Last year, I read The Language of Dying by Sarah Pinborough. To say I wasn’t a fan is a bit of an understatement. Despite some beautiful language, the book just didn’t hit the mark with me. Thinking back, a big part of my problem was that it was a short book (a novella) that could have been a short story. The first half flowed, the second stalled and left me slightly bored.
Not long after, I read a review of The Death House on Keeper of Pages and it felt like I was reading the review of a different author. Janel, of said Keeper of Pages, very kindly offered to send me her copy of the book so I could give Pinborough another go. Now that I’m done, I have to say I’m really glad I did because this book – for me – was in a different ball park.
The Death House is a young adult novel, a piece of dystopian fiction where young people with a deformative gene are taken to a remote island and taken care of in what is basically a boarding school….until they die. How they die is different, and some are pretty horrid. None of the young people there are quite sure just what is involved though because, once you get ill, you go to the sanatorium. And you never come back from the sanatorium.
Separated into dorms, the young people are mainly left to their own devices under the steely eye of the Matron. Each dorm has a leader of sorts and in Dorm 4, it’s Toby, who happens to be the oldest so in charge by default. Toby spends his days trying be tough and who can blame him with a death sentence hanging over his head? He spends his nights wandering the halls of the Death House, wondering just how long he has left.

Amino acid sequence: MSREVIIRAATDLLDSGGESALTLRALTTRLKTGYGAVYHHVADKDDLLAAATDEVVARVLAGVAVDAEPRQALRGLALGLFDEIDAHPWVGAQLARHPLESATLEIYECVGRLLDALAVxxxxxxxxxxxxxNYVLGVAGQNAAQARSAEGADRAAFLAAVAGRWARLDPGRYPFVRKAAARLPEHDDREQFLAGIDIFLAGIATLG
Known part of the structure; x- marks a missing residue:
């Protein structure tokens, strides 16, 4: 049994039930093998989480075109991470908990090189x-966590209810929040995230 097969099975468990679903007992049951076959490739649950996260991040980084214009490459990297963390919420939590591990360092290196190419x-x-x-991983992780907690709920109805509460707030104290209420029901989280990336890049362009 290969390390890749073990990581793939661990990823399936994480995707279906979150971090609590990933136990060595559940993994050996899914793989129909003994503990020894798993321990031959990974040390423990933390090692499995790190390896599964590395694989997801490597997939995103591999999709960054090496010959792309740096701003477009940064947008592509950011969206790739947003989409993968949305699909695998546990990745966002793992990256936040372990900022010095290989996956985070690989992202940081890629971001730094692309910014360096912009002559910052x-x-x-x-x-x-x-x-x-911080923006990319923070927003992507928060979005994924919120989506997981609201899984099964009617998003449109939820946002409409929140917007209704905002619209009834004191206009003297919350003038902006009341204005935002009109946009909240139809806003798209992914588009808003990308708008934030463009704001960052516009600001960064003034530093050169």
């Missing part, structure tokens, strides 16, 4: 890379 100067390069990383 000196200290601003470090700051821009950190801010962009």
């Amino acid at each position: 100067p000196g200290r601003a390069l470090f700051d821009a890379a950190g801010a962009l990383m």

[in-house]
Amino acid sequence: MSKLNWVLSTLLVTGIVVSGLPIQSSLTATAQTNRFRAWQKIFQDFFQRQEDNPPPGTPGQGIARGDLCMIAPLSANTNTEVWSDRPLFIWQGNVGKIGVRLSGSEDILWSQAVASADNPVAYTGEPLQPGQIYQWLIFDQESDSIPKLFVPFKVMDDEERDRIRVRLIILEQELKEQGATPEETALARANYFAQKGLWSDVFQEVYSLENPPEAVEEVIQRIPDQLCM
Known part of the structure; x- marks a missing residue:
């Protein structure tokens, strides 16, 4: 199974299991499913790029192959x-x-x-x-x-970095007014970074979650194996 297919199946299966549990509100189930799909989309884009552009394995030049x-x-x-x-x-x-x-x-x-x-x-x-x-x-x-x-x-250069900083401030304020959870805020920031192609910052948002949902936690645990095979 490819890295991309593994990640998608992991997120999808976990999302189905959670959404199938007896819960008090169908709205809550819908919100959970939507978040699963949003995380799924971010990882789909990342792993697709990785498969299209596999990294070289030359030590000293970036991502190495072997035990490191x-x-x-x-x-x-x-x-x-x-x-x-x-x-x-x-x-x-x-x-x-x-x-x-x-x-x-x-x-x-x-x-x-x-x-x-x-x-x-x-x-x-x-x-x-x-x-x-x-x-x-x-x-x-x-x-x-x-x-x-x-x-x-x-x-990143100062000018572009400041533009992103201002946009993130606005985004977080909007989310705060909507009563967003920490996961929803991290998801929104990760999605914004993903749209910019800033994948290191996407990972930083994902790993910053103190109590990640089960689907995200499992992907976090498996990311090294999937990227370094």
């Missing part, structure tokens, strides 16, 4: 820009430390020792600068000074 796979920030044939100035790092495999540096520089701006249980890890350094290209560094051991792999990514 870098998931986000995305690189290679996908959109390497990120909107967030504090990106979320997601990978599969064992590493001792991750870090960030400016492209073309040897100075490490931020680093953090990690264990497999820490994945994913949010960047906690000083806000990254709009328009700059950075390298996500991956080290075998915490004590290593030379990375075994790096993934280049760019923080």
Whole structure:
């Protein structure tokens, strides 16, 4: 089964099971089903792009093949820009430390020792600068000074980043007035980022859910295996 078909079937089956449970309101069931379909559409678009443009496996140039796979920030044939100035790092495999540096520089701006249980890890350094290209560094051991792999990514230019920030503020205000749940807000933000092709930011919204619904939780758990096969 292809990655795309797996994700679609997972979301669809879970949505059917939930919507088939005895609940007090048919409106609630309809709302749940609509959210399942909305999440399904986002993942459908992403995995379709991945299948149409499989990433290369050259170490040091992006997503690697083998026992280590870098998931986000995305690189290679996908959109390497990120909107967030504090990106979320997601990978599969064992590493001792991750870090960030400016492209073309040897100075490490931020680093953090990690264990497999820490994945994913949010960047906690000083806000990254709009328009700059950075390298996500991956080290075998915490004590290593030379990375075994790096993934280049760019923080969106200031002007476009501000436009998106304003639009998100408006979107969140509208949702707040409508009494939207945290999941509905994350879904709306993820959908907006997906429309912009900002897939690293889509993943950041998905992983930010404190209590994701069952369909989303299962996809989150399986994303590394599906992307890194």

That all changes when a new group of children turn up, including Clara, who doesn’t seem afraid of dying at all and brings energy and life to the house, encouraging the others to start to enjoy the time they have left. It’s a great message, a powerful one, that tells you not to give up and not to give in, despite what life might throw at you. Clara is the perfect foil to Toby, light where he is dark, fun where he is furious. For a young adult novel, it’s probably the perfect relationship dynamic – and as an adult, I have to say I didn’t mind it either.
As they get to know each other, both Clara and Toby change, grow so you can see the adults they might become, and plot to escape the hand life has dealt them. As they plot, the story becomes tenser and darker. I was surprised by how much and how quickly I was drawn into their world. Like The Language of Dying, I can’t fault Sarah Pinborough for her writing – she does have a wonderful way with words and the descriptions of life on the island really brought it to life.
Thankfully, this time, the story kept me interested too. I’m not a huge read of young adult fiction but, when it’s done well, I always seem to enjoy it and I think it was done very well here. As well as the writing, the story was interesting and involving, the pace pretty fast and the length just right (it’s another short book). I liked that it was dark, that it didn’t talk down to the reader, and that it didn’t leave any easy answers. It did have what I was think is a pretty typical ending but that is a minor gripe in what was a thoroughly enjoyable book. A big thanks to Janel for passing it on!
About the book….
Toby’s life was perfectly normal… until it was unravelled by something as simple as a blood test.
Taken from his family, Toby now lives in the Death House: an out-of-time existence far from the modern world, where he, and the others who live there, are studied by Matron and her team of nurses. They’re looking for any sign of sickness. Any sign of their wards changing. Any sign that it’s time to take them to the sanatorium.
No one returns from the sanatorium.
Withdrawn from his house-mates and living in his memories of the past, Toby spends his days fighting his fear. But then a new arrival in the house shatters the fragile peace, and everything changes.
Because everybody dies. It’s how you choose to live that counts.
Publication date: 26th February, 2015
Number of pages: 288
Rating: 4.5 out of 5